Health officials this week approved updated versions of the COVID-19 vaccines that protect against coronavirus strains that emerged more recently. And, as was the case in previous years, you’ll have the option to get this booster and your usual flu vaccine at the same appointment.
We are still in the midst of a summer COVID-19 wave, and “I’m anticipating that will continue,” Dr. William Werbel, assistant professor of medicine and infectious disease specialist at Johns Hopkins University, tells TODAY.com. So it makes sense to consider getting an updated shot soon, especially before the winter holiday season.
But, he adds, “2023 is not the same as 2020 by any stretch.”
While rates of hospitalization and death due to COVID-19 are up right now, "We're not even half of where we were last year, and we're not even a fifth of where we were in 2021," Dr. Krystina L. Woods, hospital epidemiologist and medical director of infection prevention at Mount Sinai West, tells TODAY.com.
So far, other illnesses — such as the flu and respiratory syncytial virus are appearing at lower levels, Dr. Thomas Murray, associate professor of pediatric infectious diseases at the Yale School of Medicine, tells TODAY.com. “This is the very beginning of the typical respiratory season, but certainly we’ve got evidence that the viruses are circulating," he says.
To get the most protection, experts recommend getting vaccinated ahead of the peak of respiratory virus season. And, depending on your schedule, it might make the most sense to get multiple vaccines in one appointment.
Most people who get both their COVID-19 and flu shots at once aren't likely to get significantly more side effects or — more severe side effects — than they would if they'd only gotten one vaccine or the other, experts tell TODAY.com.
But side effects are possible and can be unpleasant for a day or two, the experts say, so it's smart to think ahead, plan your appointment well and be prepared to not feel your best for a little while.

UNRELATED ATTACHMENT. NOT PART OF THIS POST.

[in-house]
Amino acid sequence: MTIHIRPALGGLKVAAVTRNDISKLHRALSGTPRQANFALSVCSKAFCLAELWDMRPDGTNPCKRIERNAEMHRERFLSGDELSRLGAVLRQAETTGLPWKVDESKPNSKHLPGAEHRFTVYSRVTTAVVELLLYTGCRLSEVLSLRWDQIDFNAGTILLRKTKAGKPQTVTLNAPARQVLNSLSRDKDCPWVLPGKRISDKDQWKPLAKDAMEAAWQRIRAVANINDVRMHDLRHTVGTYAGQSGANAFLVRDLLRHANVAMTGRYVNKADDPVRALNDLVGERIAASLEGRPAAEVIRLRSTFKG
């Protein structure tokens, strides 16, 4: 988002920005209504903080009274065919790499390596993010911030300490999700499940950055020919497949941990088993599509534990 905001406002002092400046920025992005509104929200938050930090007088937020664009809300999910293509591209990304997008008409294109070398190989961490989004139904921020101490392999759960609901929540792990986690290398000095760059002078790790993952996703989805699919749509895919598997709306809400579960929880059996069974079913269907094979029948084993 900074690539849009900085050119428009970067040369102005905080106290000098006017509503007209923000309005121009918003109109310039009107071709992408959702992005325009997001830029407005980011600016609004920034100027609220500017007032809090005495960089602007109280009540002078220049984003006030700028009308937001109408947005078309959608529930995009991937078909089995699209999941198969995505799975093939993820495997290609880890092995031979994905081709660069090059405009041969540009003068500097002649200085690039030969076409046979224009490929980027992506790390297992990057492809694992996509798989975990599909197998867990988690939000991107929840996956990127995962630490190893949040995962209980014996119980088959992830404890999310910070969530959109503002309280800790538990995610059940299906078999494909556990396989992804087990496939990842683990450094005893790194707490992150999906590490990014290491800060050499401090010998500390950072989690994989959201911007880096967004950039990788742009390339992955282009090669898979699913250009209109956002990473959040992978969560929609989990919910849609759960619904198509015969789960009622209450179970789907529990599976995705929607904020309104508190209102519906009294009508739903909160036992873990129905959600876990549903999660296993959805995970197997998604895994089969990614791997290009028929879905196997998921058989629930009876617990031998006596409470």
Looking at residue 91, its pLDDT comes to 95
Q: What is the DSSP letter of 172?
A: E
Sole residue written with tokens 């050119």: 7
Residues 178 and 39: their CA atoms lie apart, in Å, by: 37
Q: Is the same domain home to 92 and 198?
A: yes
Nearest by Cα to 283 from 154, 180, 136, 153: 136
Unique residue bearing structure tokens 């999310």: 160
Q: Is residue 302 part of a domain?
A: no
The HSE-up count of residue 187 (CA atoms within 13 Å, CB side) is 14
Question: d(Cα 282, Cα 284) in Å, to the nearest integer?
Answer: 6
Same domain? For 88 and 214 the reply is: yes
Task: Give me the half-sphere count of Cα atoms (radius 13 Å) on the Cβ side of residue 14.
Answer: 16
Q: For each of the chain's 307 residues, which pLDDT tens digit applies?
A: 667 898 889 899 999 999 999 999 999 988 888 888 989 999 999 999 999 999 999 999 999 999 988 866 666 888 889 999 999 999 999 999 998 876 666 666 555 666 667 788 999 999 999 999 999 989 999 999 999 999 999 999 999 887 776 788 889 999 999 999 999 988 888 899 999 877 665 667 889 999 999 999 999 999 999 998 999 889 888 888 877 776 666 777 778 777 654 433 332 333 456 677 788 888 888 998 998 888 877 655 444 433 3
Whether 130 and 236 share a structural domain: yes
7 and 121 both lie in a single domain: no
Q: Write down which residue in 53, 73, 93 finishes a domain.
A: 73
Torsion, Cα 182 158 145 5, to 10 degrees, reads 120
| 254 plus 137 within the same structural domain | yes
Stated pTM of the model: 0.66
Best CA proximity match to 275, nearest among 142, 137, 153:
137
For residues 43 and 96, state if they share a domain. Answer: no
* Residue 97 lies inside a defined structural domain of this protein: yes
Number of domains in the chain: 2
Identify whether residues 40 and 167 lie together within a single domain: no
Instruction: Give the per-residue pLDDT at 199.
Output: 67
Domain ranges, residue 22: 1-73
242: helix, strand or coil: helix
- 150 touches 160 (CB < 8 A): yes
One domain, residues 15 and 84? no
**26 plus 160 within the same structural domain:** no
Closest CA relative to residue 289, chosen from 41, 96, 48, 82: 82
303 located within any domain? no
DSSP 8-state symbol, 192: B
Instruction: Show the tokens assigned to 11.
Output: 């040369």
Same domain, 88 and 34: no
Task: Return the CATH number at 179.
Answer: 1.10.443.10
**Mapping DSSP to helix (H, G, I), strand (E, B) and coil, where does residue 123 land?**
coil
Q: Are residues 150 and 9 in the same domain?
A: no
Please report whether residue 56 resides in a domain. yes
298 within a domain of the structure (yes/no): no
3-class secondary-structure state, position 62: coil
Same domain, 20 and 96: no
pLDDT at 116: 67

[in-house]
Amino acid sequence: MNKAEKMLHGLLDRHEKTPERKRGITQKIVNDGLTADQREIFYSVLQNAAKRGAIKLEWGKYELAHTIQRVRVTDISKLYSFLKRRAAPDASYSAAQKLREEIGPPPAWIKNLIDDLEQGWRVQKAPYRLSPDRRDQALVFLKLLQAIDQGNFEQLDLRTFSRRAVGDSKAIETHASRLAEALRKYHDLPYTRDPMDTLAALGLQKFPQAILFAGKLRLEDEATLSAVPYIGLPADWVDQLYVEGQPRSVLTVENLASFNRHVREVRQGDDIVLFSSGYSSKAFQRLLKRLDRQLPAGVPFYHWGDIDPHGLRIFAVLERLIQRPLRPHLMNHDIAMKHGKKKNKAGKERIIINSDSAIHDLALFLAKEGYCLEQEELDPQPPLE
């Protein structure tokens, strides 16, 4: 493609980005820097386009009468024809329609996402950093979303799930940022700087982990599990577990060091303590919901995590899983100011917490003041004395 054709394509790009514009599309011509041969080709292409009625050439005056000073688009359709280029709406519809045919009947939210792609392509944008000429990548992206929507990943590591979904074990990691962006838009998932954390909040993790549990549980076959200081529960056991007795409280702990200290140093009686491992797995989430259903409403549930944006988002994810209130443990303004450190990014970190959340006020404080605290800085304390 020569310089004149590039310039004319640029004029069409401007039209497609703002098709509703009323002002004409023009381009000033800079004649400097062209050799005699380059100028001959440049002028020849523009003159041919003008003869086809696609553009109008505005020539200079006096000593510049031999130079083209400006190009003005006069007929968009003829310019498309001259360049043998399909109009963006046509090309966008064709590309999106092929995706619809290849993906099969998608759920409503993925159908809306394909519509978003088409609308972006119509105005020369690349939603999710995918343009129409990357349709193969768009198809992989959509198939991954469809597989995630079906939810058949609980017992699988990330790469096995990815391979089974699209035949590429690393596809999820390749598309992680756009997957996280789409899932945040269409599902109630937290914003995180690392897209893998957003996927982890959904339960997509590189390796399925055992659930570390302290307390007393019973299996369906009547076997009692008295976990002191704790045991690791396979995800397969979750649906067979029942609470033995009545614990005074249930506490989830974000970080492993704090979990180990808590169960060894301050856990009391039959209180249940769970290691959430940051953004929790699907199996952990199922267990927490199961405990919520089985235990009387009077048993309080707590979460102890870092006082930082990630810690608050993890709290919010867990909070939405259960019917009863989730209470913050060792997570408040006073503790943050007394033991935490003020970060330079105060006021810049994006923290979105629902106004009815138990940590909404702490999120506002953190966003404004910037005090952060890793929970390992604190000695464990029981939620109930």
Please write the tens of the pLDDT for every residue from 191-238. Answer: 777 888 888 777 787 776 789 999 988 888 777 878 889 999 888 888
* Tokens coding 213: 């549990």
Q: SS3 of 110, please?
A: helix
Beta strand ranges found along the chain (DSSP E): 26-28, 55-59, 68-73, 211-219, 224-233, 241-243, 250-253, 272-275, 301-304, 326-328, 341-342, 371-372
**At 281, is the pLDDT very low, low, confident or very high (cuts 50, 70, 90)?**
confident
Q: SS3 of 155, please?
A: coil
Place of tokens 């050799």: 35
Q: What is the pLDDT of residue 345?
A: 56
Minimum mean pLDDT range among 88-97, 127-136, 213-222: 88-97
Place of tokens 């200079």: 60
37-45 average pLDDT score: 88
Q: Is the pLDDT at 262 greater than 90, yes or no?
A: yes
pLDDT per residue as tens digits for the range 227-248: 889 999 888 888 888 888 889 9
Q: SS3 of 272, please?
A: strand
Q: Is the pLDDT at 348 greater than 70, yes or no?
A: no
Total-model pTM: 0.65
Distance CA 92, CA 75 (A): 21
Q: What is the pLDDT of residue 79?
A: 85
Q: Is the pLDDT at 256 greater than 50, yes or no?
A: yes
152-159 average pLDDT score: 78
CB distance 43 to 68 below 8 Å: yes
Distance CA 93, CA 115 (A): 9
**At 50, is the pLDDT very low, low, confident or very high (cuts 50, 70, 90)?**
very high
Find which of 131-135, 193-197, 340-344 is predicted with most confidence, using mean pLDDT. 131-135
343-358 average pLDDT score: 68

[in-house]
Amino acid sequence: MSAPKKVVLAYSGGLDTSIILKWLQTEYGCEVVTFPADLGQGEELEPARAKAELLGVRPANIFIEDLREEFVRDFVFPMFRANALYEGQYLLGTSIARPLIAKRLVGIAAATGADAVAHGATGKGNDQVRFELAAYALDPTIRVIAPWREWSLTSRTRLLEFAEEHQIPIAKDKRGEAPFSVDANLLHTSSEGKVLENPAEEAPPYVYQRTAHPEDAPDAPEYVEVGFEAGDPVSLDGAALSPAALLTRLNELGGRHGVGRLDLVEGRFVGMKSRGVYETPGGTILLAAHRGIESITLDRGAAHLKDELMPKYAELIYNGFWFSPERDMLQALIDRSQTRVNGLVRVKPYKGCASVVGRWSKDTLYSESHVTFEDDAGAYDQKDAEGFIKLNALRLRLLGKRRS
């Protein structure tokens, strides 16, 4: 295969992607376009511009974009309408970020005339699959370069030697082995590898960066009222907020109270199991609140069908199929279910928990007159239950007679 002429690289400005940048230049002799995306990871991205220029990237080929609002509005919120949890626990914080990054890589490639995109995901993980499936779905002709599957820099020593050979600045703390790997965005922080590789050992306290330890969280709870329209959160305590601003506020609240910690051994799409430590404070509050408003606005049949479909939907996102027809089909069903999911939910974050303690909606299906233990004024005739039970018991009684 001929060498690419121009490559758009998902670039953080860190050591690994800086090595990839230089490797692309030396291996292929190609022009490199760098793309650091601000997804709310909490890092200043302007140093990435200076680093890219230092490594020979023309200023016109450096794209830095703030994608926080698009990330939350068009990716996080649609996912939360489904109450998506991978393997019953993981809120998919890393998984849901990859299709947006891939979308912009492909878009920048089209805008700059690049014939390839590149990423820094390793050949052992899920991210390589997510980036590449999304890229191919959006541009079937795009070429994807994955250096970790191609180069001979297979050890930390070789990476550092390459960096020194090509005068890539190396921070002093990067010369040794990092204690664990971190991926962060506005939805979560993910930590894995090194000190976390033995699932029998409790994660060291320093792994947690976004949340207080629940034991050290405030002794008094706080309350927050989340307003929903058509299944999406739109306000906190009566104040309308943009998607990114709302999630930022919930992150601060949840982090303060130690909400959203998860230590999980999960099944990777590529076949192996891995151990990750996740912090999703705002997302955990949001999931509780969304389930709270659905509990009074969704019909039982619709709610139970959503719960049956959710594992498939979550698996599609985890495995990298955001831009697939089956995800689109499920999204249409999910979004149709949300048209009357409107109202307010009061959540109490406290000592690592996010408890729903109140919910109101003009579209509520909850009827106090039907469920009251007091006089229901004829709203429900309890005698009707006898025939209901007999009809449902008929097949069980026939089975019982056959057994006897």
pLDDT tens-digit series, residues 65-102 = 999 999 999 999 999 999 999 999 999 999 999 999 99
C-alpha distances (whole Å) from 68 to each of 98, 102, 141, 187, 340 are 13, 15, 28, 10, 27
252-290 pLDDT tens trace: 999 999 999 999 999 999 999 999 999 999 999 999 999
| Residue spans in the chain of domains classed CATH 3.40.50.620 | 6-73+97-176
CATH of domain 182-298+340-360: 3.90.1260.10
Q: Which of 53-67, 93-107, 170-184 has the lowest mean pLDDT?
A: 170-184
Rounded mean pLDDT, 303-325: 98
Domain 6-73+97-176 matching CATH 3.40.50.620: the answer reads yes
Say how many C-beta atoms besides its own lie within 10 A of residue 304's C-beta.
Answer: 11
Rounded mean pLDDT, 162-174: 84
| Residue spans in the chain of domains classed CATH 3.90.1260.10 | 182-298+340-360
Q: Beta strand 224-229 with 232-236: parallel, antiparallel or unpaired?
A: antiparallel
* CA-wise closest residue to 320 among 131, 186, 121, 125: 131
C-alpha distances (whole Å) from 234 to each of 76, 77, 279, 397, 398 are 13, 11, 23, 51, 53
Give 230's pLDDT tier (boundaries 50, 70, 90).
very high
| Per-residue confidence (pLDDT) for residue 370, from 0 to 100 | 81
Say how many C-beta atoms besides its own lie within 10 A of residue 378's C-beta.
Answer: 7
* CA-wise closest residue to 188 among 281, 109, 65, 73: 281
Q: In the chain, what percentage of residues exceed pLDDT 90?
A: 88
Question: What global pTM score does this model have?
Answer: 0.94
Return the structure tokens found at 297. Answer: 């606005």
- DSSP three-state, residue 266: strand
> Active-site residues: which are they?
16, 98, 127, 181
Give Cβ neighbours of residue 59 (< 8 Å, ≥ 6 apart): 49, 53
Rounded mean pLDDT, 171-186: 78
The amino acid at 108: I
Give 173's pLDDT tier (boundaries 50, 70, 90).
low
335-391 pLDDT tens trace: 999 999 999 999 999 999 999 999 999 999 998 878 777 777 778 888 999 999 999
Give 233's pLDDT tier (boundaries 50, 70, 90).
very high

Who should get an updated COVID-19 vaccine?
Everyone ages 6 months and older should get the new COVID-19 vaccine this fall, the Advisory Committee on Immunization Practices at the Centers for Disease Control and Prevention said this week. Kids under 5 may be eligible to receive two doses of the new vaccine if they haven't been vaccinated previously.
The new COVID-19 mRNA vaccines are designed to protect against the XBB.1.5 coronavirus variant, which is a subvariant of omicron that was spreading widely this past winter.
“What we’re seeing is that the circulating variants are descendants of that line, so we have reason to believe it will work well,” Woods explains. The new vaccines also appear to provide protection against newer strains including EG.5 and BA.2.86, the Food and Drug Administration says.
"We're not seeing levels of hospitalization like we've seen in earlier waves; however, we are still seeing people hospitalized," Murray says. "So we do think there is benefit from the updated vaccine that provides coverage against strains that are more closely related to what's circulating."
For some people, getting an updated COVID-19 booster is especially urgent. People with certain chronic health issues, such as diabetes, obesity or lung, heart, liver or kidney diseases should certainly consider getting the new COVID-19 vaccine, Werbel says.
Additionally, older adults, people with compromised immune systems and people who are pregnant are also at a higher risk for severe COVID-19 symptoms and should consider getting the booster, Woods says.
Should young, healthy people get the updated booster?
The CDC’s latest recommendation is that everyone who’s at least 6 months age should get an updated COVID-19 vaccine to protect them through this fall and winter season. That includes low-risk individuals who received their previous COVID-19 vaccine doses at least two months ago.
"There is some room for a reasonable debate about what the added value is for an annual vaccine for someone who is young and healthy," Woods says. "On the flip side, we know that people who were vaccinated and who don't get COVID or severe COVID are more likely to not get long COVID."
Even if you're young, healthy and had previous vaccines or COVID-19 infections, "you have a very minimal risk that (you're) going to have bad luck," Werbel says, which could mean ending up in the hospital or with long COVID. "And you can't always control for luck," he says.
There are also societal factors to keep in mind, the experts say, particularly as we approach the winter holiday season. "If you are going to Thanksgiving with Nana, she's not you," Werbel says. "Even though you've had prior vaccines or COVID, you can get sick and you can get Nana sick."
This is where other protective habits can come in handy during times of heightened COVID-19 activity, Woods says, including wearing a mask in crowded public settings, opting for outdoor gatherings when the weather allows and stocking up on at-home tests just in case.
"It's not fair to assume that everyone's risk tolerance is the same as whatever yours is," she explains. You can't necessarily tell if people around you have risk factors for severe COVID-19 simply by looking at them, Woods says, "so I think it's still important for us all to be responsible and realize that we don't live on an island."
When should I get my COVID-19 booster and flu shot?
In order to get the most effective protection from the vaccine, you'll need to give your body "time to build that added new antibody response from the vaccine," Woods says.